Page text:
Ballerinas and fish-gutters beat techies in UK immigration race
Gov says computer scientists not in short supply
The UK is in dire need of ballet dancers, fish-gutters and sheep shearers - but not, it seems IT staff.
The government’s Migration Advisory Committee today published its “list of occupations for which there is a shortage of skilled workers in the UK and Scotland”, which will provide the backbone for a new points-based system for determining which non-EU citizens can come and work in the UK.
The list - which the government is not obliged to accept - details job titles and occupations that the committee has deemed “as being both skilled and in shortage and where... it is sensible to fill these shortages, at least in the short term, through immigration”.
Given the UK’s poor record in producing maths and science grads, and the government’s ambition to turn this sceptred isle into a knowledge economy, you might have expected techies to be well up the list.
And they are – at least when it comes to the traditional hard hat and white coat varieties. Civil engineers, physicists and geologists, chemical engineers and biologists are all in short supply, according to the committee. Even meteorologists are listed, as if we need to import people to tell us it’s raining.
Medical types - from doctors and nurses, through dentists, to care home assistants and vets - are also seemingly unicorn-rare in the UK’s labour force.
So far, so unexpected. But the list also highlights an apparent shortage of chefs and cooks (at least those earning more than £8.10 an hour, after deductions). And if you were worrying that the UK was falling behind in the classic dance stakes, don’t worry - “skilled ballet dancers” from outside the EU will be able to leap to the front of the queue.
And despite a rising fascination with bladed objects amongst the nation’s youth, sheep shearers and “manual filleters of frozen fish" (in Scotland) are also likely to be welcomed by the Home Office.
The prospect of a recruitment drive for bridge builders, dancers and jolly livestock coiffeurs will no doubt stun IT employers, who are seeing their wage bill rise as they compete for competent UK-based techies.
The one bright spot, perhaps, is that science and maths teachers are also on the list, meaning that those youngsters who don’t decide to chance their arm in the UK’s vibrant sheep-rearing sector might stand a slightly better chance of being technically literate by the time they get to school-leaving age. ®
This whole debate is a big red herring. The points-based system does not apply to "intra company tranfers", which is where a company brings an employee from one country to work in another. For IT jobs there is no meaningful control on this, and the numbers of work permits (under the old system) for IT workers have been high and rising.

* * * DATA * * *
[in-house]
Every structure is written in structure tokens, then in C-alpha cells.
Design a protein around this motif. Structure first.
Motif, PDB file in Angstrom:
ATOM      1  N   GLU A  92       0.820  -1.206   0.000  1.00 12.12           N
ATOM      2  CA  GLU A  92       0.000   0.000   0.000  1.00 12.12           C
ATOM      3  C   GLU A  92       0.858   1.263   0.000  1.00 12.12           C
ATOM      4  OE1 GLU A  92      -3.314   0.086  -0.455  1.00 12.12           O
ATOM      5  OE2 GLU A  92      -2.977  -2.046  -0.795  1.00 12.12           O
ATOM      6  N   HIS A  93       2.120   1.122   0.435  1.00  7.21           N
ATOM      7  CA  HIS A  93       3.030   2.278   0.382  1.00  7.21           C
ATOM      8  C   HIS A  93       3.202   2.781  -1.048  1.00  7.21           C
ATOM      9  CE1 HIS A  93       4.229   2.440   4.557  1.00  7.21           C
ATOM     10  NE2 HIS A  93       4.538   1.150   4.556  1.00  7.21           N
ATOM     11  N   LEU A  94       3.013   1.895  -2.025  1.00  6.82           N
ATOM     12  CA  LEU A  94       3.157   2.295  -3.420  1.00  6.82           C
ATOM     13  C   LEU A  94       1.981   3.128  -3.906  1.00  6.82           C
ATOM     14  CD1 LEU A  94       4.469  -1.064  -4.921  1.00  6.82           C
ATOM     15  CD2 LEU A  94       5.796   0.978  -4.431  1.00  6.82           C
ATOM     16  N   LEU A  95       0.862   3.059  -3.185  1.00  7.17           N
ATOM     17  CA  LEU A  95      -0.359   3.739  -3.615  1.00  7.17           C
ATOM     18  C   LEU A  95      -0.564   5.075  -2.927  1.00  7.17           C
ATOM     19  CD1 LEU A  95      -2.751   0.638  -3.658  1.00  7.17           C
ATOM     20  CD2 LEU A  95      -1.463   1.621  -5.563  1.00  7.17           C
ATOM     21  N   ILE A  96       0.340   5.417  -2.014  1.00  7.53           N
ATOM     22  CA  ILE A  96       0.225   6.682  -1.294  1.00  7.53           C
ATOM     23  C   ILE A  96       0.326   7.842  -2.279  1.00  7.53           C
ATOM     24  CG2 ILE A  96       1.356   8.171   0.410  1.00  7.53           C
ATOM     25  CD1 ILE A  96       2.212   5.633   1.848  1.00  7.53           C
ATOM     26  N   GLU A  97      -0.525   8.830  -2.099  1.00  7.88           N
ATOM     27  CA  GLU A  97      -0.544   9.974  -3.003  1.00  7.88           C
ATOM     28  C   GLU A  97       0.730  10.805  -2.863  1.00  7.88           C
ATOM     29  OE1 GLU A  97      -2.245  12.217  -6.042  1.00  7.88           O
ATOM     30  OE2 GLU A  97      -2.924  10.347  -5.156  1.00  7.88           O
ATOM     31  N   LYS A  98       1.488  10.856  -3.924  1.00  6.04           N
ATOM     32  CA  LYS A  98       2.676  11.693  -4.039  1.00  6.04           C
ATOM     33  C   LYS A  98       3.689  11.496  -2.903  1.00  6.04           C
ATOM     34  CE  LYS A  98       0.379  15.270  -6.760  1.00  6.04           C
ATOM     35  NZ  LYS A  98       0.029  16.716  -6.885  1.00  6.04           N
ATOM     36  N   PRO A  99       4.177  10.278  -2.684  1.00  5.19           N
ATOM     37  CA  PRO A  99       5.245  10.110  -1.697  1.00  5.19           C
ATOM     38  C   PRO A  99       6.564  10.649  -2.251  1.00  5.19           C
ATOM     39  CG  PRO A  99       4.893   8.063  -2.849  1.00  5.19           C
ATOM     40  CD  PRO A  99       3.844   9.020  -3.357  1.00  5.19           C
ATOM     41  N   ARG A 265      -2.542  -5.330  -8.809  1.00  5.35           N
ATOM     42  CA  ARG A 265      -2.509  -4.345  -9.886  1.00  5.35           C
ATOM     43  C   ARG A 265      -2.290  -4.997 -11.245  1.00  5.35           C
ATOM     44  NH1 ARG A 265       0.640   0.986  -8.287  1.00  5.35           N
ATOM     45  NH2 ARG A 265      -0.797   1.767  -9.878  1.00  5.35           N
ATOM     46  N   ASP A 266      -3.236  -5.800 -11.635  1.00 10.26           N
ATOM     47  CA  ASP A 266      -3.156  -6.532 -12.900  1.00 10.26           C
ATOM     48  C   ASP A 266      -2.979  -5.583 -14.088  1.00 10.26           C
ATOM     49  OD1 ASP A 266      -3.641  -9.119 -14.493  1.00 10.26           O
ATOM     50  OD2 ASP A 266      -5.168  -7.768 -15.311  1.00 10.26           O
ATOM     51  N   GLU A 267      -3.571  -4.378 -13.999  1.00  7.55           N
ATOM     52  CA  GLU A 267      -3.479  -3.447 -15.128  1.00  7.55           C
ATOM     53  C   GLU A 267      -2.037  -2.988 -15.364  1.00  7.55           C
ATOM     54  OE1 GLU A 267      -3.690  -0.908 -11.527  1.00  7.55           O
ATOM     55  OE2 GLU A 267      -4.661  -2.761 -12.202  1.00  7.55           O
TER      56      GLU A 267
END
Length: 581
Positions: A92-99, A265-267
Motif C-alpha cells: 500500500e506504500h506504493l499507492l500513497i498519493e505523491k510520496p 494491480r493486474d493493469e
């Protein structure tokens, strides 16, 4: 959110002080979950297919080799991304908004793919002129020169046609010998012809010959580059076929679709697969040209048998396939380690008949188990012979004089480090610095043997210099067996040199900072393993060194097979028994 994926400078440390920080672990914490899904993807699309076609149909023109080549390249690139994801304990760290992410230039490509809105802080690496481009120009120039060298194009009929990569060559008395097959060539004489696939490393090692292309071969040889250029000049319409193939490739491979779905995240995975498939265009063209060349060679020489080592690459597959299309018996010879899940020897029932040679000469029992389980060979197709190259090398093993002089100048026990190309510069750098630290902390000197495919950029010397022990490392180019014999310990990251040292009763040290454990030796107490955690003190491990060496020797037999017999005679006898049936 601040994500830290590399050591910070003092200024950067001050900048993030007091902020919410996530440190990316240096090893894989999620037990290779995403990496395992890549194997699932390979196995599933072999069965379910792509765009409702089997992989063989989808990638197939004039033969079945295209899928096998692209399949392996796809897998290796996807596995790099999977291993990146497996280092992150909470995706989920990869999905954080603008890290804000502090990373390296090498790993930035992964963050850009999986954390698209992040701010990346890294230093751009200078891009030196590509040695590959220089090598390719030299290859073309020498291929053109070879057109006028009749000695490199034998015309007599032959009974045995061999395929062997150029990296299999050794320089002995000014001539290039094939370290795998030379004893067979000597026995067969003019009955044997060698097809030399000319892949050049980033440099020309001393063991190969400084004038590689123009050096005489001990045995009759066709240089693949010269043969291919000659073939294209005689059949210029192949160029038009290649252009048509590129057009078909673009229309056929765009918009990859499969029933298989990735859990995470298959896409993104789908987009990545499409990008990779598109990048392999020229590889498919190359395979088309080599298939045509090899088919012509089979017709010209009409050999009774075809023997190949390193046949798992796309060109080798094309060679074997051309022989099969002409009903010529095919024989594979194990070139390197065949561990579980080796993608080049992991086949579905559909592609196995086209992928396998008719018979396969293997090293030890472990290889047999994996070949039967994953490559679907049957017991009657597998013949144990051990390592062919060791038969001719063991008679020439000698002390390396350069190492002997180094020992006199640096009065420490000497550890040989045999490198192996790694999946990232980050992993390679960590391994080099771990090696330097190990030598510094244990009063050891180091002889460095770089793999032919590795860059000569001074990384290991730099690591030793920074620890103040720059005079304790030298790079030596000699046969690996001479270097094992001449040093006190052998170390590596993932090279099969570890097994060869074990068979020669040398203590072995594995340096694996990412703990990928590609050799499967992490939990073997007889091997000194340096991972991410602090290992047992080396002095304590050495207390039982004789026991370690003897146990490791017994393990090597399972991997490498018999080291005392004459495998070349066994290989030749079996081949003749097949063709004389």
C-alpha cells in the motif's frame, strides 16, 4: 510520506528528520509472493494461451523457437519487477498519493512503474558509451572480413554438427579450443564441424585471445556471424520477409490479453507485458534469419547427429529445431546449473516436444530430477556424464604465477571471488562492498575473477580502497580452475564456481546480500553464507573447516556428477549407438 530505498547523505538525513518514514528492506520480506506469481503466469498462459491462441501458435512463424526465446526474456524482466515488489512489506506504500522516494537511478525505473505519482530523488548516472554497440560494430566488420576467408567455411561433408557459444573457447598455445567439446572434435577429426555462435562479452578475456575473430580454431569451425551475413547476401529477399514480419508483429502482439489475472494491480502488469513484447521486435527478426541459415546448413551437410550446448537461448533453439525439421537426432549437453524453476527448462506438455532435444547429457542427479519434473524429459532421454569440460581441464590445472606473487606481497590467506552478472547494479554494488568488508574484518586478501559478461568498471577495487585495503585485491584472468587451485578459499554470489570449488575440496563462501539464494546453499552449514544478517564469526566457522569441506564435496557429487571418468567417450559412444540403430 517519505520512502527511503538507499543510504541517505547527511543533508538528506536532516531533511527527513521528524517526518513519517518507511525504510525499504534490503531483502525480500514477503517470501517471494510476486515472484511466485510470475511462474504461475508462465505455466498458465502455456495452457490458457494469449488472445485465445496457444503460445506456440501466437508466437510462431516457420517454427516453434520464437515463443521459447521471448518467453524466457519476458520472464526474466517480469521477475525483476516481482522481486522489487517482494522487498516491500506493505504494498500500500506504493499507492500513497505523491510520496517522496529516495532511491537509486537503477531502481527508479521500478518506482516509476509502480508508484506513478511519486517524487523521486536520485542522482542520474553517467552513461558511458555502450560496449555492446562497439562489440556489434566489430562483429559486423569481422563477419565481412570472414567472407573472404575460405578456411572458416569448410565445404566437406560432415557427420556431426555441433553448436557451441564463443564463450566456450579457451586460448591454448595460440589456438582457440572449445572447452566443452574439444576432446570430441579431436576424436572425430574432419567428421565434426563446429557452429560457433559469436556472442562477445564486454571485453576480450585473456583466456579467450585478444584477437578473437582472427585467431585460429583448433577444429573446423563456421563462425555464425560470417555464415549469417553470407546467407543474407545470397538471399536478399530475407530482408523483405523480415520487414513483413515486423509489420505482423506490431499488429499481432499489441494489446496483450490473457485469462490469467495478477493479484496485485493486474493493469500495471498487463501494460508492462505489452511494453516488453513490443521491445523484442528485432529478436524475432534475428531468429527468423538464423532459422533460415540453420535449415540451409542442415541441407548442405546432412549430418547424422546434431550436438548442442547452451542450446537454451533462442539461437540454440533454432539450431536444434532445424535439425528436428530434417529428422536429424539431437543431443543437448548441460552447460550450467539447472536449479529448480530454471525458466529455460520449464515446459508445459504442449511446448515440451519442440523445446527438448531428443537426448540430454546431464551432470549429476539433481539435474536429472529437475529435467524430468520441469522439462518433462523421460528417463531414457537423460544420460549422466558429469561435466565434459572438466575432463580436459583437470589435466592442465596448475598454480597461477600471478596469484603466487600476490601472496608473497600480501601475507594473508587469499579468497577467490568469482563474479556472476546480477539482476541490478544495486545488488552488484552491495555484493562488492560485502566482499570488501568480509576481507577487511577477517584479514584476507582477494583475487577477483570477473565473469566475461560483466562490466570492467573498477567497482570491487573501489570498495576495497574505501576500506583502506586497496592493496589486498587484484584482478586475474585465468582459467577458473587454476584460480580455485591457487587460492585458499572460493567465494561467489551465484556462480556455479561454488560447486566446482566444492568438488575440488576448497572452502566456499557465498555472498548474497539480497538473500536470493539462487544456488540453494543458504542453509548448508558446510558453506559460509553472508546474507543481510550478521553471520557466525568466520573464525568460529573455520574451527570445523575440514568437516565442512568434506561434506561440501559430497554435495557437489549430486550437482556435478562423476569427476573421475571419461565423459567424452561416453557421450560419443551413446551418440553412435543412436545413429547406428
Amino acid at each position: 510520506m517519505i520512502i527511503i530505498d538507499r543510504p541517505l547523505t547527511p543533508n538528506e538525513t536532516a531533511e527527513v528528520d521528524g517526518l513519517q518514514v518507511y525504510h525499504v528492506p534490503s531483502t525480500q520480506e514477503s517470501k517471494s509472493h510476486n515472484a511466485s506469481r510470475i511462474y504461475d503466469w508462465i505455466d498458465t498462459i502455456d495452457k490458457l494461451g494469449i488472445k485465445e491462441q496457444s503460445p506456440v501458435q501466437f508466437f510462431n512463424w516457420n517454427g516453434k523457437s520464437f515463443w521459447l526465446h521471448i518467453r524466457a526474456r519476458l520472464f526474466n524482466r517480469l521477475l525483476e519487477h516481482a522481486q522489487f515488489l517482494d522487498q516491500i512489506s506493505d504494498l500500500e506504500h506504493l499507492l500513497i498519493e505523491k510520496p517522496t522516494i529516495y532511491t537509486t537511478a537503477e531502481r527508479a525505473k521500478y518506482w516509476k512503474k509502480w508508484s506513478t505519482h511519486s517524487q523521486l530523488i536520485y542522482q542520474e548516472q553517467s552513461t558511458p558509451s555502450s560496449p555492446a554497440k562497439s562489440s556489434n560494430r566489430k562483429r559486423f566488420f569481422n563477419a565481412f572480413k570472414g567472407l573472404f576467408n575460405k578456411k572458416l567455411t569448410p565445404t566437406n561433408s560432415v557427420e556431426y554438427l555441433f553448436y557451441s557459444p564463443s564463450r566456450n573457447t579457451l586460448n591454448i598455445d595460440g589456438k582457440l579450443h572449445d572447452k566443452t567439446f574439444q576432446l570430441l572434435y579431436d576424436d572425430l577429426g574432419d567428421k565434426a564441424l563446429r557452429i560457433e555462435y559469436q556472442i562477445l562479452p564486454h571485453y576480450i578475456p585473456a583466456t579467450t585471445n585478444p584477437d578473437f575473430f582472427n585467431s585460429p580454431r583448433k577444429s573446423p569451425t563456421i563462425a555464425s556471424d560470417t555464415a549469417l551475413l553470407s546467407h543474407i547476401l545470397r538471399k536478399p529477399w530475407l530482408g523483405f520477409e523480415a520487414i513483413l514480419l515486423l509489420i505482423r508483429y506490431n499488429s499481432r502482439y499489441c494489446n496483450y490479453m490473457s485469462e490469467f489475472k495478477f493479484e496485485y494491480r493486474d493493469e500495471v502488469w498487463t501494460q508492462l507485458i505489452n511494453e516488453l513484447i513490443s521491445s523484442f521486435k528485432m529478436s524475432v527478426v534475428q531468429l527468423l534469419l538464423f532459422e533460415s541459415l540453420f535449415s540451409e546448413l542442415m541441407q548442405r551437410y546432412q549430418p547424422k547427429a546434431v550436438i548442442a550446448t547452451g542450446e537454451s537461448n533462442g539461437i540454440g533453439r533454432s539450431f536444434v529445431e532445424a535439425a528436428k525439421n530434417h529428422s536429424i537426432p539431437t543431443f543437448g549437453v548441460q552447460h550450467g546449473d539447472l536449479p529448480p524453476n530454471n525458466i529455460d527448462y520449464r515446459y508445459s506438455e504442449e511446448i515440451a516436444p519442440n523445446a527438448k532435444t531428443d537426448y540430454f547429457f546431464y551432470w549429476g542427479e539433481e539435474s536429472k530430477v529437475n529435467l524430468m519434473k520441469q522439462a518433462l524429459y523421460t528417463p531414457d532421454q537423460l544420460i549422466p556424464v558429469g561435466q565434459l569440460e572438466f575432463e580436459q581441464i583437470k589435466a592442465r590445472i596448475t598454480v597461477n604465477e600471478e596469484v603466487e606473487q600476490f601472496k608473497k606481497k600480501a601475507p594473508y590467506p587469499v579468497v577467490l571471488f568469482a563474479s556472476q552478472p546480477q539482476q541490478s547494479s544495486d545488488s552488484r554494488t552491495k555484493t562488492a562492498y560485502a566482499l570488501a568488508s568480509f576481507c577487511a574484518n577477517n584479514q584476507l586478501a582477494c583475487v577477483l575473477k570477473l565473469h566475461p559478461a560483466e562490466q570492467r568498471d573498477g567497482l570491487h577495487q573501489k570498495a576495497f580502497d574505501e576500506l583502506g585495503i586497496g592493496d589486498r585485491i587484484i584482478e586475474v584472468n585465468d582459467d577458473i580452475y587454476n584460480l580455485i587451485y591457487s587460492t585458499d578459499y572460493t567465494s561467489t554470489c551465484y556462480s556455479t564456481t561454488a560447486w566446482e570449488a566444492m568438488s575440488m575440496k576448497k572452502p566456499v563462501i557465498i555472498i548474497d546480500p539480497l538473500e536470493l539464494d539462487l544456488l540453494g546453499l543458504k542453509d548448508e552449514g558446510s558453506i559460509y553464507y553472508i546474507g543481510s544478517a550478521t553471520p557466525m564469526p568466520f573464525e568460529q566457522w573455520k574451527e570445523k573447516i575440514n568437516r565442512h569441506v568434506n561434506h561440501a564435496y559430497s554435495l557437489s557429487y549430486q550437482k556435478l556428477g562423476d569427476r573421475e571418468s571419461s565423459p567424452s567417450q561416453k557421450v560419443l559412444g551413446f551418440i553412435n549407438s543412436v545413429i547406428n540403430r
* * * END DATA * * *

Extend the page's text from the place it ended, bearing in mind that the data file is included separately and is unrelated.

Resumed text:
In practice, this means the big corporations can use cheap labour to depress wages, while the government makes it hard for anyone not employed by such companies to travel here for work. Ordinary punters lose out whether from the UK or abroad.
pretend IT people - Ageist Pillock!
> Sorry, but there should a certificate that you need to work in IT and in the middle should be the question: Which of these did you own as a kid: ZX Spectrum, Commodore 64, BBC Micro, Amstrad CPC, Sinclair Research 380 or WTF?
Well, I guess that demonstrates that el Reg is not immune to publishing ageist nonsense provided by its readers.
Would the idiot who made that suggestion care tell tell us which of those very recent machines was played with by any of the founders and developers of Information science, computer science, software engineering, or information technology? I mean people like Tom Kilburn, Alan Turing, Freddie Williams, Grace Hopper, Betty Holberton, Maurice Wilkes, John Backus, John McCarthy, Ralph Griswold, Chris Strachey, Ted Codd, Alain Colmeraur, Robin Milner, Chuck Moore, Charles Bachman, Claud Shannon, .Ralph Hartley, .... there are many more who were born too early to be kids when the machines you name were released - and some are still going strong. Indeed, if we take "kid" as meaning under 16, 43 years now (under 16 in 1981) is too old to have had any of those machines as a kid.
Anyway, I'm not ashamed that the first computers I worked with with were FP Orion, IBM1620, Elliot 503, Atlas 1, Deuce , or that I worked with those machines a decade and a half before C.R. Evans wrote "The Mighty Micro" (and he died two years before any machine on your list was released).
Since the ZX Spectrum is on your list, maybe you think Clive Sinclair had a toy computer when he was a kid? If so, I'm glad to disillusion you: he didn't.
Maybe you think the youngsters in the Acorn Proton team played with toy computers when they were kids (for the youngsters on the team like Sophie Wilson and Steve Furber, that would be maybe seven or eight years before the Proton became the BBC Micro)? Well, if so: wrong again!.
So take your crazy idea that no-one born before 1966 could imaginably be qualified to work in IT and stick it somewhere where the rest of us don't have to look at it.
How does one move to London when the price of one's house anywhere else would buy a cardboard box in Peckham?
right man for the job
The group I'm with has a fine bunch of play it by the rules Swiss and German IT guys - great for a company in the over-legislated Pharma industry.
But we do have one Russian FixIt, who knows how to crack windows, intranet, file systems, security,... to get a result - Hi Igor.
there are zero reasons to import i.t. people. i work with eastern europeans on a daily basis and have never seen any of them, just like i have never seen the guy who contracts from devon. can't think why we have not exported his job yet .... gives me something to aim for this afternoon i guess.
doctors? there are many without jobs now! lower their salaries like any other occupation with too many bodies being supplied ...